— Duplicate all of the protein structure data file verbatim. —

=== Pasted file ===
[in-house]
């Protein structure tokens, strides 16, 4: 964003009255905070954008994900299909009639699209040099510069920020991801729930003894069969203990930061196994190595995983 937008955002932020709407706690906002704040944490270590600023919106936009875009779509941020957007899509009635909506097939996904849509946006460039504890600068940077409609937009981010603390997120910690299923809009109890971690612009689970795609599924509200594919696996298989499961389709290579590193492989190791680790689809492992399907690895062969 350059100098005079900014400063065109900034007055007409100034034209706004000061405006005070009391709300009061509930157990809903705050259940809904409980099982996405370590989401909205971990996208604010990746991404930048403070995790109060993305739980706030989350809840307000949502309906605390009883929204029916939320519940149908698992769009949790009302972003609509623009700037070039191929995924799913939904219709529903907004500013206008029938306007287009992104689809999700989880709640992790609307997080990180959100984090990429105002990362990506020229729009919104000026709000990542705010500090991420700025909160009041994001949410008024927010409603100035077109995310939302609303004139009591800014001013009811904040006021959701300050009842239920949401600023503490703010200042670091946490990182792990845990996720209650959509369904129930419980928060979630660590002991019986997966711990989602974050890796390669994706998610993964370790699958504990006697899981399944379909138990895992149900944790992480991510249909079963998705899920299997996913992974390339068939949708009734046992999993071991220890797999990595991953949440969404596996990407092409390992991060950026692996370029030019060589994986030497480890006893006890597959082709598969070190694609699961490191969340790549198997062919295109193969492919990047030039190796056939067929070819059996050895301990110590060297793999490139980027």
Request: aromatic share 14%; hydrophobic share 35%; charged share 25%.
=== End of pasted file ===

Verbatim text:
[in-house]
């Protein structure tokens, strides 16, 4: 964003009255905070954008994900299909009639699209040099510069920020991801729930003894069969203990930061196994190595995983 937008955002932020709407706690906002704040944490270590600023919106936009875009779509941020957007899509009635909506097939996904849509946006460039504890600068940077409609937009981010603390997120910690299923809009109890971690612009689970795609599924509200594919696996298989499961389709290579590193492989190791680790689809492992399907690895062969 350059100098005079900014400063065109900034007055007409100034034209706004000061405006005070009391709300009061509930157990809903705050259940809904409980099982996405370590989401909205971990996208604010990746991404930048403070995790109060993305739980706030989350809840307000949502309906605390009883929204029916939320519940149908698992769009949790009302972003609509623009700037070039191929995924799913939904219709529903907004500013206008029938306007287009992104689809999700989880709640992790609307997080990180959100984090990429105002990362990506020229729009919104000026709000990542705010500090991420700025909160009041994001949410008024927010409603100035077109995310939302609303004139009591800014001013009811904040006021959701300050009842239920949401600023503490703010200042670091946490990182792990845990996720209650959509369904129930419980928060979630660590002991019986997966711990989602974050890796390669994706998610993964370790699958504990006697899981399944379909138990895992149900944790992480991510249909079963998705899920299997996913992974390339068939949708009734046992999993071991220890797999990595991953949440969404596996990407092409390992991060950026692996370029030019060589994986030497480890006893006890597959082709598969070190694609699961490191969340790549198997062919295109193969492919990047030039190796056939067929070819059996050895301990110590060297793999490139980027």
Request: aromatic share 14%; hydrophobic share 35%; charged share 25%.